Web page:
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Monumentality and Modernity in Hitler’s Berlin

The North-South Axis of the Greater Berlin Plan


Hsiu-Ling Kuo

The contentious relationship between modernism and totalitarianism is a key element in the architectural history of the twentieth century. Post-war historiography refused to admit any overlap between the high modernism of the 1920s and the architecture of National Socialism, as it contradicted the definition of modernism as the essential architectural expression of liberal democracy. However, National Socialist architectural history cannot be fully explored without the broader historical context of modernity. Similarly, a true understanding of modernism in architecture must acknowledge its authoritarian aspects.
This book clarifies the architectural discourse in which the Greater Berlin Project of the Third Reich was produced. The association of monumentality with National Socialist architecture in the 1930s created a polarization between the classical tradition and radical modernism that provoked vigorous and acrimonious debate that lasted into the 1980s. In the attempt to reconcile the paradoxical and competing aspirations for monumentality and historicity on one hand, and for technological advance on the other, the planning of Berlin is shown to reflect the wider paradoxes of National Socialist ideology.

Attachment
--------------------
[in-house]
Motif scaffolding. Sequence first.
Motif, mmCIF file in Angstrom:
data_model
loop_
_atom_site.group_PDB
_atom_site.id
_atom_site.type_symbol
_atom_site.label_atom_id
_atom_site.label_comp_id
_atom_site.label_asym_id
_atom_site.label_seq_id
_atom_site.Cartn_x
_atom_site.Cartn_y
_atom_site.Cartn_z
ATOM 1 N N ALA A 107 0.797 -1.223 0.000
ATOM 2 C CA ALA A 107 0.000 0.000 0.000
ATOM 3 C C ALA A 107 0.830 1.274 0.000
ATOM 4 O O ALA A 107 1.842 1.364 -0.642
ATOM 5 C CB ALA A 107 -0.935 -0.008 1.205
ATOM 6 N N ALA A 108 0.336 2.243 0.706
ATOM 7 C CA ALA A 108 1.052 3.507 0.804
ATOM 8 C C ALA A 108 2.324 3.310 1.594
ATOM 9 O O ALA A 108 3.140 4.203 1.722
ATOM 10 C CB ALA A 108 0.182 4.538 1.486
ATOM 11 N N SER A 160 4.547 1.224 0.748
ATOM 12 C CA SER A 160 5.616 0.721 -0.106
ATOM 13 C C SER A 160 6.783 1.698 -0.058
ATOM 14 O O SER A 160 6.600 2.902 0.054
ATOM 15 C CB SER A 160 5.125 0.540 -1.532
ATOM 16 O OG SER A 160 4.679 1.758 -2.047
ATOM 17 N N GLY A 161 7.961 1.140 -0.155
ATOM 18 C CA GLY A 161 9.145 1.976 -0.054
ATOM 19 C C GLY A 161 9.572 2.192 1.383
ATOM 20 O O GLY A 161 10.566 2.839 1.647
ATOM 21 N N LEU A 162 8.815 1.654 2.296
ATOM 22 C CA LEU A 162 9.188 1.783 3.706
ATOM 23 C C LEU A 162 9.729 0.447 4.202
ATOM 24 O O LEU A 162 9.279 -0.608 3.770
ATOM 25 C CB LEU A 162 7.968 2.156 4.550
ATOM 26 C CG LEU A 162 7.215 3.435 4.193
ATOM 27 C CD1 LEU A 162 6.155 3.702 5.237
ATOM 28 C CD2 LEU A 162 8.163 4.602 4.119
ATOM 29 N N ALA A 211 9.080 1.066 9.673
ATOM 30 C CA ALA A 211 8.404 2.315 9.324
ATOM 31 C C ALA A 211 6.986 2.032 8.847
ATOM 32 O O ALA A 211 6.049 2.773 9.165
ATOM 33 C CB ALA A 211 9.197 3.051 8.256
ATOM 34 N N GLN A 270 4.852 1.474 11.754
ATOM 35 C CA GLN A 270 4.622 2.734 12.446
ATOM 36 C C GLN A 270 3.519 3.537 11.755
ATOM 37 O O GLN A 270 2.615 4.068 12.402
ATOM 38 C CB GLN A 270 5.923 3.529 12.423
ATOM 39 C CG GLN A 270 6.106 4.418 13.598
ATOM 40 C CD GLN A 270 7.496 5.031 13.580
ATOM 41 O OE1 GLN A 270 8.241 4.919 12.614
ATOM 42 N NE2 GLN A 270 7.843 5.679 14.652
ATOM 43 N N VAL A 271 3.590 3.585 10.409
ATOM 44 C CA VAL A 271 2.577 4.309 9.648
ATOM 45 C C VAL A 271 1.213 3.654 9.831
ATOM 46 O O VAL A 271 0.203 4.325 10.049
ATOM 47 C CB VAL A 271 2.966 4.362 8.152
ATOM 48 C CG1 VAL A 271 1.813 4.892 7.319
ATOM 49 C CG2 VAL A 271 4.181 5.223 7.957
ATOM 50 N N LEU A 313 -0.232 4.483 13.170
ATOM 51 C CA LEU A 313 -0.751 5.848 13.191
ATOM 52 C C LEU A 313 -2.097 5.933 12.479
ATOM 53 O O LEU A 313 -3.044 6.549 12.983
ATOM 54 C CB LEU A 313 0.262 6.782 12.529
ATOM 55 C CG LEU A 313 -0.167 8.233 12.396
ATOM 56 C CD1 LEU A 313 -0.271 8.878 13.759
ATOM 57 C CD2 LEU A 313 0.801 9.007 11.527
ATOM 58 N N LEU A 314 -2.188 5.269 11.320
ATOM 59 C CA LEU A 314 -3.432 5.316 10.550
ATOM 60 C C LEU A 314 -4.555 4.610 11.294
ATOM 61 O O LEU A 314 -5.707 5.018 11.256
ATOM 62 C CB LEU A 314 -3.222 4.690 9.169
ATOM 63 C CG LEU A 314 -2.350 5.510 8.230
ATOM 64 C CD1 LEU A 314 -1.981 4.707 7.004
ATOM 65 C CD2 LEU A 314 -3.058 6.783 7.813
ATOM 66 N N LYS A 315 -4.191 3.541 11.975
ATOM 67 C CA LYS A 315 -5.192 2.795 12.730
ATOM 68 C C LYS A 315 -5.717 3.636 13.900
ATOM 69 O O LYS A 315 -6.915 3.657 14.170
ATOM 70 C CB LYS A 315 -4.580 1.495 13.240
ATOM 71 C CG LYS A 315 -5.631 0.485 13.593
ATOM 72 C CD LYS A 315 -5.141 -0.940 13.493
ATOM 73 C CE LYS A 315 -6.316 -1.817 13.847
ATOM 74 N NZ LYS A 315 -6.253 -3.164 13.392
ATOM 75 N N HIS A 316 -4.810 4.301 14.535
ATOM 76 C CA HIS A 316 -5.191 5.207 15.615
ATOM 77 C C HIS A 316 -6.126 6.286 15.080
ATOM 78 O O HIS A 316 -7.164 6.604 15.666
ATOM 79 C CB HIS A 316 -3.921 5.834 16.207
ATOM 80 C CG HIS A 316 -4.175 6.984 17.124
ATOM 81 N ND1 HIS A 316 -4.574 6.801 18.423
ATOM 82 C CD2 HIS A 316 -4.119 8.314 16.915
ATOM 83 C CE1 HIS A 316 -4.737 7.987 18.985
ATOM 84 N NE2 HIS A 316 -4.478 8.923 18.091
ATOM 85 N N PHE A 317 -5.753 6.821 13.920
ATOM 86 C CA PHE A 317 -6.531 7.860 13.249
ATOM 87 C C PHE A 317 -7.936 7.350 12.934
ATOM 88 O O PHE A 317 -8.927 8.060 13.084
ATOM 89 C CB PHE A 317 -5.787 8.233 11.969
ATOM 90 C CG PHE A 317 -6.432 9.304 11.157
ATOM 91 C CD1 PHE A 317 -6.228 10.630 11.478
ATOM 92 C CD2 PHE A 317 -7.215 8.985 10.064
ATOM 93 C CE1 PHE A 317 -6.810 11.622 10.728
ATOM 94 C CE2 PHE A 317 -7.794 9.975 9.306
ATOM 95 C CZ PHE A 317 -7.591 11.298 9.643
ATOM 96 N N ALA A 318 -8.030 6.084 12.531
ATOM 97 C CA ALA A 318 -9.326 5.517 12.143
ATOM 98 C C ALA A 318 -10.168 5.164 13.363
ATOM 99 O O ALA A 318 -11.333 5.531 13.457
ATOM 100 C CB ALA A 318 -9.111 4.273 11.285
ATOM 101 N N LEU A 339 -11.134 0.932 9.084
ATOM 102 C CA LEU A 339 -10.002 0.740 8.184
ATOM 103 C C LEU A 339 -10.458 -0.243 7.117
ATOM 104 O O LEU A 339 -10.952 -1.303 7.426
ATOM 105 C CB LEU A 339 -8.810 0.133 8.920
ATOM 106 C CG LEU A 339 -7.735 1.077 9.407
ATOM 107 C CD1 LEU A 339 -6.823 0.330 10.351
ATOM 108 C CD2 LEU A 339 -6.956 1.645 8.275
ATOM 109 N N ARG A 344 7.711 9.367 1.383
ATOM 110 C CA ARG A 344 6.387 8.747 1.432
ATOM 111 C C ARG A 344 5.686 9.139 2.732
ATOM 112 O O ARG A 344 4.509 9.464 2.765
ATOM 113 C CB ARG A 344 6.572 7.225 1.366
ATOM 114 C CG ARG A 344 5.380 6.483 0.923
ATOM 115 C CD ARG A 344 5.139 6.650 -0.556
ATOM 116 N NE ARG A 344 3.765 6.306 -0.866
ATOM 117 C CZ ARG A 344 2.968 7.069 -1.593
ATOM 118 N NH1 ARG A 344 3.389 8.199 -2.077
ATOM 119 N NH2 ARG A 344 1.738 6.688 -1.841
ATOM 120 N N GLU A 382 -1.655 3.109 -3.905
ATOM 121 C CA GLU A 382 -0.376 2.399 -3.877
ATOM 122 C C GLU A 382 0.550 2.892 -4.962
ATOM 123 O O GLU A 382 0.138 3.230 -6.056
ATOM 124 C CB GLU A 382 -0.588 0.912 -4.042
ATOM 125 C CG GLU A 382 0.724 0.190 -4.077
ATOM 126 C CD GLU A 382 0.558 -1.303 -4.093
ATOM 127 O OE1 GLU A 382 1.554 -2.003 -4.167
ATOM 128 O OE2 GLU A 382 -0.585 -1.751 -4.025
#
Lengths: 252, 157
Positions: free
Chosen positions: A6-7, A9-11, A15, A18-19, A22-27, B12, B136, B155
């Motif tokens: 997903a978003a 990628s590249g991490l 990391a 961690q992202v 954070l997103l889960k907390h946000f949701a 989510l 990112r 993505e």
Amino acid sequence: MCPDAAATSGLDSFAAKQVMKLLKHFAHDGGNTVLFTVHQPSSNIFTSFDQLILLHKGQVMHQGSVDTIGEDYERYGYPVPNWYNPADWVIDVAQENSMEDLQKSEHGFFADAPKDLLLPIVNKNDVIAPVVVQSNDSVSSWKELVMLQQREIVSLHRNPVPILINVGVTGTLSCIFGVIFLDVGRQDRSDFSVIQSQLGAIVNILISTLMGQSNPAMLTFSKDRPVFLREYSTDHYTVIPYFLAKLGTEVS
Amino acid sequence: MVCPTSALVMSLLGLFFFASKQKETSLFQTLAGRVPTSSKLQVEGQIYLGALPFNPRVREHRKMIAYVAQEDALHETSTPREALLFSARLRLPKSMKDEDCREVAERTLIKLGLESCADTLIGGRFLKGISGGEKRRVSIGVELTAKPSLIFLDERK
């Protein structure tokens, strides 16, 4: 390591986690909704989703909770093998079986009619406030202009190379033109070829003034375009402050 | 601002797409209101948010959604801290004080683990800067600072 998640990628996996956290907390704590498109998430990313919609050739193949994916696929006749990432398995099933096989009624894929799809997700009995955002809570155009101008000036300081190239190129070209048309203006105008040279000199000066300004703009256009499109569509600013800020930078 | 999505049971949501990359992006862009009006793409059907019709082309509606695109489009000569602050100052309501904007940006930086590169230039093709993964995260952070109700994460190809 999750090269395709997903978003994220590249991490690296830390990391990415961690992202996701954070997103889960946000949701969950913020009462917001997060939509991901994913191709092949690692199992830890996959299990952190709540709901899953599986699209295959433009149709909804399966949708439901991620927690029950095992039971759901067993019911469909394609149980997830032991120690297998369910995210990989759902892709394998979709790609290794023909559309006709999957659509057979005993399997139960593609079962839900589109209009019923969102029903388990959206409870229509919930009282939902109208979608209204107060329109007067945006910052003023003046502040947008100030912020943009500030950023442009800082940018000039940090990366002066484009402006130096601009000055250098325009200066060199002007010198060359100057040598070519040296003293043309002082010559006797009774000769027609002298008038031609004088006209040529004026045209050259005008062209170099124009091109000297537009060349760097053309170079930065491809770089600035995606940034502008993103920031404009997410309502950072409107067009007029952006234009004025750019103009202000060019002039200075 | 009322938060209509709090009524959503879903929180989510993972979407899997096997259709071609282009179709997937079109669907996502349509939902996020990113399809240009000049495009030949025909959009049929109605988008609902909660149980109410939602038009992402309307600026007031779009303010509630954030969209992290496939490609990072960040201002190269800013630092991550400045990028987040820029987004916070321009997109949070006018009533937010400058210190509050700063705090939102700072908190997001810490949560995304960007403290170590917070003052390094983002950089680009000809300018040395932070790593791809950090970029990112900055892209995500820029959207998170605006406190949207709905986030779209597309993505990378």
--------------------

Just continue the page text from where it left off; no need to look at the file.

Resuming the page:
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The dilemma that faced us in our work proved to be the first phenomenon for investigation: the self-destruction of the Enlightenment. … If enlight- enment does not accommodate ref lection on this recidivist element, then it seals its own fate. If consideration of the destructive aspect of progress is left to its enemies, blindly pragmatized thought loses its transcending quality and, its relation to truth. In the enigmatic readiness of the tech- nologically educated masses to fall under the sway of any despotism, in its self-destructive af finity to popular paranoia, and in all uncomprehended absurdity, the weakness of the modern theoretical faculty is apparent. — Max Horkheimer and Theodor Adorno, 19441 Fascism did not result from chaos, from the heat of madness, but was administered through an impeccable, faultless and unchallenged rule of law and order. The good Nazis were, after all, those who like you and me, did what was expected of them, followed orders. — Peter Beilharz, 20002 A German publishing house recently cancelled their publication contract with Thor Kunkel, a young German author, for his book on the Nazis’ unknown trade in pornographic films. The reason is that the hero in the book works for a fictional SS Hygiene Institute in Berlin. A job like this is too rational and glamorous for a Nazi and contradicts the demonic image that the National Socialists were given in history. Besides, Kunkel down- plays the Holocaust in the book.3 This is one of many examples of how 1 Max Horkheimer and Theodor...

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